11/27/2012 10:34:00 AM Navajo plant use detailed in new book
“Nanisé, A Navajo Herbal: One Hundred Plants from the Navajo Reservation” covers 100 plants found on Navajo lands and their various uses. Submitted photo
Did you know that Scrambled Eggs can soothe a sore throat? No, not the breakfast food. Scrambled Eggs, also called golden smoke or mountain corydalis, is among the 100 plants detailed in Nanisé, published by Five Star Publications, Inc.
Vernon O. Mayes, a range-conservation instructor who has worked for the U.S. Forestry Service and National Park Service, and Barbara Bayless Lacy, a former public relations/researcher with the Navajo Health Authority (NHA), have combined their years of research to create a literary tour of Navajo plants, land and lore in "Nanisé, A Navajo Herbal: One Hundred Plants from the Navajo Reservation."
Mayes recounts ways that the Navajo people used the plants in everyday life, whether for ceremonial, medicinal or household purposes - complete with illustrations.
The 100 plants were selected from more than 1,500 species of wild, vascular plants, including ferns, horsetails, conifers and flowering species by the Navajo Health Authority, Ethnobotany Project staff and approved by the Navajo Medicine Men's Association.
Nanisé, the Navajo word for "vegetation," is designed to be used in the classroom and is a must-have field guide for hikers, botanists, and others who are interested in Navajo culture. The book discusses native uses of plants such as Crownbeard (Verbesina), Sandpuff (Tripterocalyx) and of course Scrambled Eggs (Corydalis) - a flowering herb that Navajos use to treat arthritis, snakebites, and sore throats.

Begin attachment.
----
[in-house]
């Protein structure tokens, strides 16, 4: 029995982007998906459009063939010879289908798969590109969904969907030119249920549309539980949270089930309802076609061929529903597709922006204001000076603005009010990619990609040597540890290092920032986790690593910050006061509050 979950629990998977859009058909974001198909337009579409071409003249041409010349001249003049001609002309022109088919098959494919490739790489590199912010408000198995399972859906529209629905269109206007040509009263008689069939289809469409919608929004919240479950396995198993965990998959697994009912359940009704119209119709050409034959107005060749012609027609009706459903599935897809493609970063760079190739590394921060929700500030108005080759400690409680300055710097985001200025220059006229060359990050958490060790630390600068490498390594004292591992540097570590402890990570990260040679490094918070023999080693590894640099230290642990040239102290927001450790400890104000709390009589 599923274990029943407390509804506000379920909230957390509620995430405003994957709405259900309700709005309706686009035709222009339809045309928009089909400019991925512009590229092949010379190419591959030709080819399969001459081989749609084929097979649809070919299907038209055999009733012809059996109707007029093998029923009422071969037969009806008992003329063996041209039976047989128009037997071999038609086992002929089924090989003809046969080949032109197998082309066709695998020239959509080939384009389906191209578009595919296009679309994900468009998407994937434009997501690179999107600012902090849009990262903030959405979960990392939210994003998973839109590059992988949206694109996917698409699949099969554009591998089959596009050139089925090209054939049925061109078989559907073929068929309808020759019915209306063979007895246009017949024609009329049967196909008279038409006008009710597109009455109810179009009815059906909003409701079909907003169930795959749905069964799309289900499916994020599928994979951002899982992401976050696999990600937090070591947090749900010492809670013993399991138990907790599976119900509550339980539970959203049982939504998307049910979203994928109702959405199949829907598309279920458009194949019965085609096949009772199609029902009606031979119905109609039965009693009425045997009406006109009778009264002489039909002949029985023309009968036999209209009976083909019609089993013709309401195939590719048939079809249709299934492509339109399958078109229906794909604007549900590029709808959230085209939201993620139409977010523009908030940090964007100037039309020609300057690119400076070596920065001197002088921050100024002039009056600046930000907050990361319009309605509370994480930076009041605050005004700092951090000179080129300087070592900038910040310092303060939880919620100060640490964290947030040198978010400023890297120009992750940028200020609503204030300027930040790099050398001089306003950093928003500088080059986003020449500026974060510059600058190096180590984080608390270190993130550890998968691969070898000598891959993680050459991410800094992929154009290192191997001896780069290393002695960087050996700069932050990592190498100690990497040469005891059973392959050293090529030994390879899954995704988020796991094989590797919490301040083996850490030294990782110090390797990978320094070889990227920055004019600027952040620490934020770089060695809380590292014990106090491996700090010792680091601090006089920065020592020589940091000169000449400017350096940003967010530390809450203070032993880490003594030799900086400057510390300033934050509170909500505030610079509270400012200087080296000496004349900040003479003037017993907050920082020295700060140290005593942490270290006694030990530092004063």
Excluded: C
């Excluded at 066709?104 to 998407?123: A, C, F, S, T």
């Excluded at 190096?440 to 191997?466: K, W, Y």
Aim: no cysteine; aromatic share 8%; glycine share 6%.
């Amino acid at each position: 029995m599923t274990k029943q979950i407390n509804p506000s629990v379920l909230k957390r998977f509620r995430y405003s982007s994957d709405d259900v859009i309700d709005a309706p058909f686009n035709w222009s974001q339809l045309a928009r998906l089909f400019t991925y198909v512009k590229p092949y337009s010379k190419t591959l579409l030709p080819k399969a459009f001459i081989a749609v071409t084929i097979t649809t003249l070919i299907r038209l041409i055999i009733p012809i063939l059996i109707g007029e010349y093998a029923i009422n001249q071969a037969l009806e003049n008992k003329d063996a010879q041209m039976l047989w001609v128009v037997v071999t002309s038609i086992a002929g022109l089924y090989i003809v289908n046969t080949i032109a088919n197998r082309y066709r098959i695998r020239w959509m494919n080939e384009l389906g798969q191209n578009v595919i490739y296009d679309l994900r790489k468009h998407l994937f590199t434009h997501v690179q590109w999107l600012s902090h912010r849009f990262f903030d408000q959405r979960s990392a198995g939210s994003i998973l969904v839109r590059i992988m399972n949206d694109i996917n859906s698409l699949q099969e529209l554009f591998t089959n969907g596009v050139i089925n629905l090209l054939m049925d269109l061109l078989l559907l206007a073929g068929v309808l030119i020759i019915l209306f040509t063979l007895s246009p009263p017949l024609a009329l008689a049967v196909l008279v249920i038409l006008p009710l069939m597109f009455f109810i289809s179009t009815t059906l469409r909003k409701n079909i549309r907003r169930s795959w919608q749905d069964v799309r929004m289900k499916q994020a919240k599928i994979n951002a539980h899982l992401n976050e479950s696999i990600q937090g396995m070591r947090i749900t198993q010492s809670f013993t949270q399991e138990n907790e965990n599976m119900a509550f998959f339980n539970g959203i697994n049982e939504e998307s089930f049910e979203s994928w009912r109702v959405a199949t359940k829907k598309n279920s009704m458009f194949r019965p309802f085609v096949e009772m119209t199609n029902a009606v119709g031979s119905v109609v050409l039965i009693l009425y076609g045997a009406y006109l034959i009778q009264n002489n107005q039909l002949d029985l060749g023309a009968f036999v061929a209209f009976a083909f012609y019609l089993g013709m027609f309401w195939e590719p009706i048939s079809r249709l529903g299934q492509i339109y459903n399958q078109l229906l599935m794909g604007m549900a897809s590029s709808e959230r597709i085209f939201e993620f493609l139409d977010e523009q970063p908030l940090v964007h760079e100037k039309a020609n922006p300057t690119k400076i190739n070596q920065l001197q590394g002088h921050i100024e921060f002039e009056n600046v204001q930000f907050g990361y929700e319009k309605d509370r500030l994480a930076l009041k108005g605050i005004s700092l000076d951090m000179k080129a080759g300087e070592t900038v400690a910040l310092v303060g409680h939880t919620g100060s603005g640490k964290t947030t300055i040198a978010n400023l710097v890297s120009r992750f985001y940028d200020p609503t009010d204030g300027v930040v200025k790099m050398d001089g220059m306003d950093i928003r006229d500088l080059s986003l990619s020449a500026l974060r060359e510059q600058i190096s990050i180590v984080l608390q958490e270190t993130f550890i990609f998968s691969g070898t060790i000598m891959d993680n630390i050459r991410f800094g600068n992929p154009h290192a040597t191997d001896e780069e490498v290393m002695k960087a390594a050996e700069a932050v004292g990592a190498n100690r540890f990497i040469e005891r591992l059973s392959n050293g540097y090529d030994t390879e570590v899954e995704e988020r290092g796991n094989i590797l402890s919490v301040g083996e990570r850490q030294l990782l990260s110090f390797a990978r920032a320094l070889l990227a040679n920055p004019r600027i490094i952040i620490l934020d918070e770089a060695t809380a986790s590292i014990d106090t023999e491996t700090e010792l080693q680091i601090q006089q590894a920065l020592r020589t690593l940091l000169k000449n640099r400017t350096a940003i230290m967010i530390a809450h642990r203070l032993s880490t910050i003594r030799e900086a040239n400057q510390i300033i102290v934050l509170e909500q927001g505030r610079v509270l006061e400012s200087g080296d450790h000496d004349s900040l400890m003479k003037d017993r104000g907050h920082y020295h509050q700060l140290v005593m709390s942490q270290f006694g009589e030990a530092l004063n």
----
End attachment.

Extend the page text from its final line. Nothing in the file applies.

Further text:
"This book is a wonderful collection of plant descriptions and habitats that are native to the beautiful Navajo Reservation," said Linda F. Radke, president of Five Star Publications, Inc. "It gives the reader not only a complete botanical understanding of the plants and their uses, but a glimpse into Navajo culture, as well."
Navajo plant uses have been transcribed since explorers, missionaries, traders and soldiers first encountered the Navajo people. But their reports, and those of early scientists, were published in limited scholarly editions.
As the reservation becomes increasingly modernized, the old ways are sometimes forgotten. The materials collected to write Nanisé came from the obscure studies and journals of early scientists, missionaries and priests that are not available to the public.
"By taking the point of view of plants and plant use, Nanisé offers a singular perspective on reservation life," said Donna Muller from The Herb Companion magazine. "Readers outside the reservation will be fascinated by this glimpse of a geographically and botanically specialized area and its people."
Jack Ahasteen and Jason Chee illustrated the book.
"Nanisé, A Navajo Herbal: One Hundred Plants from the Navajo Reservation" is now available in print and through electronic media. It is distributed by Midpoint Trade Books and www.eStarPublish.com. More information is available at www.nanisenavajoherbal.com.